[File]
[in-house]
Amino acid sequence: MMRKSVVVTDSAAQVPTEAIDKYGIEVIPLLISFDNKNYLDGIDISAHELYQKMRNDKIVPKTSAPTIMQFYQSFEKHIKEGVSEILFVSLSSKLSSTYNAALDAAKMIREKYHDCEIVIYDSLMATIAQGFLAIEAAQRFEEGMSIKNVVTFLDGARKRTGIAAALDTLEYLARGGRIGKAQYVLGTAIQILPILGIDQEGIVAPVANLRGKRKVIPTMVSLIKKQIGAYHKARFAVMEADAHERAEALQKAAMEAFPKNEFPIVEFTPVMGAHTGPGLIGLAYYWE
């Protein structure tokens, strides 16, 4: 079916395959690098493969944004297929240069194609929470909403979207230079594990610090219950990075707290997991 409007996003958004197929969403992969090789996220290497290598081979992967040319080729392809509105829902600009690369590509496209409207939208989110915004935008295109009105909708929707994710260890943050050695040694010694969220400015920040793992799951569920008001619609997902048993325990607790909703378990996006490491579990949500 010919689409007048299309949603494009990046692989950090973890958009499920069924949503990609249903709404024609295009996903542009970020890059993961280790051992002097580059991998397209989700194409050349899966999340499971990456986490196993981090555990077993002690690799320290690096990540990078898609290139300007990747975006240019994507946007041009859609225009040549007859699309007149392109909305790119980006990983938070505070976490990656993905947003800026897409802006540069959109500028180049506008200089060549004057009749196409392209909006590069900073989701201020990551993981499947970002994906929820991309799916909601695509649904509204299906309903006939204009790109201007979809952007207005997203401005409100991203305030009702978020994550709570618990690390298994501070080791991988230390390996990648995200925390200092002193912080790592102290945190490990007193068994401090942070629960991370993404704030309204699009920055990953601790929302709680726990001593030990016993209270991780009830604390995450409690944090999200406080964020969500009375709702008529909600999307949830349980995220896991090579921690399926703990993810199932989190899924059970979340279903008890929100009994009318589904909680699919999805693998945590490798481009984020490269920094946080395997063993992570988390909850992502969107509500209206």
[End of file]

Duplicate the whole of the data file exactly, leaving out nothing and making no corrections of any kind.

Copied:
[in-house]
Amino acid sequence: MMRKSVVVTDSAAQVPTEAIDKYGIEVIPLLISFDNKNYLDGIDISAHELYQKMRNDKIVPKTSAPTIMQFYQSFEKHIKEGVSEILFVSLSSKLSSTYNAALDAAKMIREKYHDCEIVIYDSLMATIAQGFLAIEAAQRFEEGMSIKNVVTFLDGARKRTGIAAALDTLEYLARGGRIGKAQYVLGTAIQILPILGIDQEGIVAPVANLRGKRKVIPTMVSLIKKQIGAYHKARFAVMEADAHERAEALQKAAMEAFPKNEFPIVEFTPVMGAHTGPGLIGLAYYWE
């Protein structure tokens, strides 16, 4: 079916395959690098493969944004297929240069194609929470909403979207230079594990610090219950990075707290997991 409007996003958004197929969403992969090789996220290497290598081979992967040319080729392809509105829902600009690369590509496209409207939208989110915004935008295109009105909708929707994710260890943050050695040694010694969220400015920040793992799951569920008001619609997902048993325990607790909703378990996006490491579990949500 010919689409007048299309949603494009990046692989950090973890958009499920069924949503990609249903709404024609295009996903542009970020890059993961280790051992002097580059991998397209989700194409050349899966999340499971990456986490196993981090555990077993002690690799320290690096990540990078898609290139300007990747975006240019994507946007041009859609225009040549007859699309007149392109909305790119980006990983938070505070976490990656993905947003800026897409802006540069959109500028180049506008200089060549004057009749196409392209909006590069900073989701201020990551993981499947970002994906929820991309799916909601695509649904509204299906309903006939204009790109201007979809952007207005997203401005409100991203305030009702978020994550709570618990690390298994501070080791991988230390390996990648995200925390200092002193912080790592102290945190490990007193068994401090942070629960991370993404704030309204699009920055990953601790929302709680726990001593030990016993209270991780009830604390995450409690944090999200406080964020969500009375709702008529909600999307949830349980995220896991090579921690399926703990993810199932989190899924059970979340279903008890929100009994009318589904909680699919999805693998945590490798481009984020490269920094946080395997063993992570988390909850992502969107509500209206």